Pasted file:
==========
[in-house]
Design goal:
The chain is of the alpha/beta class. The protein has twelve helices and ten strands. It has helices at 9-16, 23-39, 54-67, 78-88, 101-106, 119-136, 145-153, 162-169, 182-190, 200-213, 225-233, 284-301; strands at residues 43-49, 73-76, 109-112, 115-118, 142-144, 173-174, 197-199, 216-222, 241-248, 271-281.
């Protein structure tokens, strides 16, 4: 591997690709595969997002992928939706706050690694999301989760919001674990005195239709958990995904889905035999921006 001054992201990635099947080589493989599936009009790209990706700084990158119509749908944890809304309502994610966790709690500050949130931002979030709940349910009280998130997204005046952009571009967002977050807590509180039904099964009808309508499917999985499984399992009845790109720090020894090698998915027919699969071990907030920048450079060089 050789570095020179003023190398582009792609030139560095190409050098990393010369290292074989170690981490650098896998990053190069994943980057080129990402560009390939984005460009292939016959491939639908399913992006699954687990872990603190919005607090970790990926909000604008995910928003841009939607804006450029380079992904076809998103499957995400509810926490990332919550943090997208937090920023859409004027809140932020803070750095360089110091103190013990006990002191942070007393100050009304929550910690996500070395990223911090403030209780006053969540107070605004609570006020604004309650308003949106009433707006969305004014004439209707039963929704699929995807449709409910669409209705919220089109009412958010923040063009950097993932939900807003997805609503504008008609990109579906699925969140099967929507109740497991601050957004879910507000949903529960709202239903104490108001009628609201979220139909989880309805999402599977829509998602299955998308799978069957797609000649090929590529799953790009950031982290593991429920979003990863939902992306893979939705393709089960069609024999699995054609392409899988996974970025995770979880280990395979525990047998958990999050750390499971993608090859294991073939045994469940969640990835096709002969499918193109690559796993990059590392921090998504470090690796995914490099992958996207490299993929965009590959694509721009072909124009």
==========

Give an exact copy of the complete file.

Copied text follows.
[in-house]
Design goal:
The chain is of the alpha/beta class. The protein has twelve helices and ten strands. It has helices at 9-16, 23-39, 54-67, 78-88, 101-106, 119-136, 145-153, 162-169, 182-190, 200-213, 225-233, 284-301; strands at residues 43-49, 73-76, 109-112, 115-118, 142-144, 173-174, 197-199, 216-222, 241-248, 271-281.
């Protein structure tokens, strides 16, 4: 591997690709595969997002992928939706706050690694999301989760919001674990005195239709958990995904889905035999921006 001054992201990635099947080589493989599936009009790209990706700084990158119509749908944890809304309502994610966790709690500050949130931002979030709940349910009280998130997204005046952009571009967002977050807590509180039904099964009808309508499917999985499984399992009845790109720090020894090698998915027919699969071990907030920048450079060089 050789570095020179003023190398582009792609030139560095190409050098990393010369290292074989170690981490650098896998990053190069994943980057080129990402560009390939984005460009292939016959491939639908399913992006699954687990872990603190919005607090970790990926909000604008995910928003841009939607804006450029380079992904076809998103499957995400509810926490990332919550943090997208937090920023859409004027809140932020803070750095360089110091103190013990006990002191942070007393100050009304929550910690996500070395990223911090403030209780006053969540107070605004609570006020604004309650308003949106009433707006969305004014004439209707039963929704699929995807449709409910669409209705919220089109009412958010923040063009950097993932939900807003997805609503504008008609990109579906699925969140099967929507109740497991601050957004879910507000949903529960709202239903104490108001009628609201979220139909989880309805999402599977829509998602299955998308799978069957797609000649090929590529799953790009950031982290593991429920979003990863939902992306893979939705393709089960069609024999699995054609392409899988996974970025995770979880280990395979525990047998958990999050750390499971993608090859294991073939045994469940969640990835096709002969499918193109690559796993990059590392921090998504470090690796995914490099992958996207490299993929965009590959694509721009072909124009």